In his contribution to the Dáil debate on a Fianna Fáil insurance motion of 13 March last the Deputy raised 4 issues, – namely, matters regarding the National Claims Information Database (NCID), notifying policyholders of claims made against them, updating the Book of Quantum, and setting up a dedicated Garda insurance fraud unit. In responding to the Deputy's question I propose to take each of these four issues in turn.
National Claims Information Database (NCID): I can confirm that the NCID will be fully operational soon and later this year it is expected that the first report will be made. While it is important that the database initially focuses on private motor insurance, the relevant underpinning legislation – the Central Bank (National Claims Information Database) Act 2018 – allows for the scope of the database to be expanded to other types of insurance. In this regard, a recommendation was made in the Cost of Insurance Working Group (CIWG) Report on the Cost of Employer and Public Liability Insurance for the Central Bank to conduct an analysis on the feasibility and merit of extending the NCID to employer and public liability insurance. It is considered that the second half of 2019 is the most appropriate time to expect the Central Bank to have completed this task.
Notification of policyholders of claims made against them: the CIWG agrees that insurance companies ought to notify policyholders of claims made before settlement, the amount a claim was settled for, and the reasons why the claim was settled. Accordingly, this exact issue forms the basis of Recommendation 10 in the Report on the Cost of Employer and Public Liability Insurance. In addition, a similar recommendation in respect of motor insurance policyholders has been included in the Report on the Cost of Motor Insurance. Having been unable to reach agreement with Insurance Ireland on a new set of guidelines based on those drawn up by IBEC and the Irish Insurance Federation in 2004, my Department is currently considering the merits of addressing this issue through primary legislation, specifically by an amendment to a Private Members’ Bill on Consumer Insurance Contracts.
Regarding the Book of Quantum, the Fianna Fáil motion of 13 March called for the immediate commencement of the Personal Injuries Assessment Board (Amendment) Act 2019 in order to require PIAB to update the Book of Quantum at least every three years. I understand from the Minister for Business, Enterprise and Innovation that it is intended the Act will take effect from 3 April 2019. However, it should be borne in mind that the Book merely reflects the prevailing levels of compensation for various types of injury based upon what has actually been paid out in the Courts, by the State Claims Agency, or awarded by PIAB. Currently, therefore, the only way that the award levels in the Book can be lowered is if there is first a decrease in the actual level of awards paid out. In this regard, the Personal Injuries Commission (PIC) has proposed that this reduction be achieved by the Judicial Council compiling a recalibrated set of guidelines for various types of personal injury, which would in effect replace the Book of Quantum. Minister of State Michael D’Arcy has made it clear that bringing the levels of damages awarded in this country more in line with those awarded in other jurisdictions is his primary objective, and has been exploring a number of options in attempting to reach this target. In this regard, Minister of State D’Arcy has engaged with his colleague, the Minister for Justice and Equality, Charlie Flanagan, and he has been informed that the Judicial Council Bill is to be prioritised with a view to having this legislation in place as soon as possible to allow for the establishment of the Judicial Council.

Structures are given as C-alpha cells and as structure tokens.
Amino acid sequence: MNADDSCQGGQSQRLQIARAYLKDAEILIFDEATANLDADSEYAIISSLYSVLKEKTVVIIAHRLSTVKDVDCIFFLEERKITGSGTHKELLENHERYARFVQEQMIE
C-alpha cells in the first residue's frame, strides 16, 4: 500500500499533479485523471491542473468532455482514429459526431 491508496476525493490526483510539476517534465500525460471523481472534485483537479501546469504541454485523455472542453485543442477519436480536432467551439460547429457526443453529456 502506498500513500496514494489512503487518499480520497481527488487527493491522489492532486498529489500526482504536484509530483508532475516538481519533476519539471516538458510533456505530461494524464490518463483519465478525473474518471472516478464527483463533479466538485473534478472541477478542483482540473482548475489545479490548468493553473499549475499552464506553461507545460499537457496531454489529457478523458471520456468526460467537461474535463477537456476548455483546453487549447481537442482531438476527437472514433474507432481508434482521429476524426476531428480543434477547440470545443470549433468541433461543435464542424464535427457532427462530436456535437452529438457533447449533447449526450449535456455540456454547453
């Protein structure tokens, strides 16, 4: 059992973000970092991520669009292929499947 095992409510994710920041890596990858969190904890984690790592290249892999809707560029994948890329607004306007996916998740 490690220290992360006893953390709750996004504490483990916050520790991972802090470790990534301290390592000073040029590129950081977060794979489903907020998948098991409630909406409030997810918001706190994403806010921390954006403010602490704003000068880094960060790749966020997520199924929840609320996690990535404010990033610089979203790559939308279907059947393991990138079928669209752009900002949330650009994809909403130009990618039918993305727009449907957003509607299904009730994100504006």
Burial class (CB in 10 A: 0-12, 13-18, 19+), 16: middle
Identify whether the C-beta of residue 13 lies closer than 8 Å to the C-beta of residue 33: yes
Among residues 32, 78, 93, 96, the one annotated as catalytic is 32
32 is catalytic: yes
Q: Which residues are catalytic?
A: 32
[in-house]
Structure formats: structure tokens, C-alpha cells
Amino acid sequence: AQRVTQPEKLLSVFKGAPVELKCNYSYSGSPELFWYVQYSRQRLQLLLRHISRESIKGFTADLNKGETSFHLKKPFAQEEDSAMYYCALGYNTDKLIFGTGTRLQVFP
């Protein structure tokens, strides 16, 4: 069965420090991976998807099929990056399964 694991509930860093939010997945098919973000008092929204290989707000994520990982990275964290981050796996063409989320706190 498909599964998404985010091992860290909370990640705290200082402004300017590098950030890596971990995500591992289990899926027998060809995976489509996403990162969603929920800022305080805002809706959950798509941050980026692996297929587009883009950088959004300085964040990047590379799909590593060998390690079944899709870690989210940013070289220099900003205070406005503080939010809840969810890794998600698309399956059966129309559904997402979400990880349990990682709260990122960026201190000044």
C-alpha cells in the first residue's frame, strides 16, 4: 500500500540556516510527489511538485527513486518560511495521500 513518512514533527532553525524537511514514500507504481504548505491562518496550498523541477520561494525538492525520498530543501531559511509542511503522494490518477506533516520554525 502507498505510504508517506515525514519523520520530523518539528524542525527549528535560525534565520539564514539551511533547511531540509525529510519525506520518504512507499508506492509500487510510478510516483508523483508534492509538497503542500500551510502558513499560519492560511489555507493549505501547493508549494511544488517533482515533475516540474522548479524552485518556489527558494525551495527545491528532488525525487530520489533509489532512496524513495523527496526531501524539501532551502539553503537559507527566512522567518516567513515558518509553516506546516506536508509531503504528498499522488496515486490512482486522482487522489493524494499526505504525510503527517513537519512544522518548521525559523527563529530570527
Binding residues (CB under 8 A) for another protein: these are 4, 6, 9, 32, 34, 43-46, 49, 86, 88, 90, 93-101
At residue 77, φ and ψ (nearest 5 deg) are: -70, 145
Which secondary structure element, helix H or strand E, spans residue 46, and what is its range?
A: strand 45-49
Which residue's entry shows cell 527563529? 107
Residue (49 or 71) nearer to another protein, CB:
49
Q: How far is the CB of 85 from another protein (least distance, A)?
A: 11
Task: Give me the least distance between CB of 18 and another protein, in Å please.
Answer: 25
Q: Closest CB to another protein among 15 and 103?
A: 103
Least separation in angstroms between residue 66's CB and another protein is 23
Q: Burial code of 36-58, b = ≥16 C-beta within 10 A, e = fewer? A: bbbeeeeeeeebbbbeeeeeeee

Garda Insurance Fraud Unit: the CIWG’s latest Progress Update confirms that the Garda Commissioner has undertaken to further consider the establishment of an insurance fraud investigation unit within the Garda National Economic Crime Bureau (GNECB). In response to the original proposal to explore the possibility that a specific unit be set up within An Garda Síochána using funding from the insurance industry, the Commissioner indicated his preference that, in principle, An Garda Síochána should not be funded by any source other than the Exchequer for the purposes of tackling insurance fraud. The Deputy will, of course, appreciate that it is the Garda Commissioner who is responsible for the allocation of resources within An Garda Síochána and neither I, nor Minister of State D’Arcy, nor the Minister for Justice and Equality has a role in such operational matters. Nevertheless, Minister D’Arcy remains committed to pursuing this matter, and is hopeful that there will be improved investigative capacity in place in this area shortly.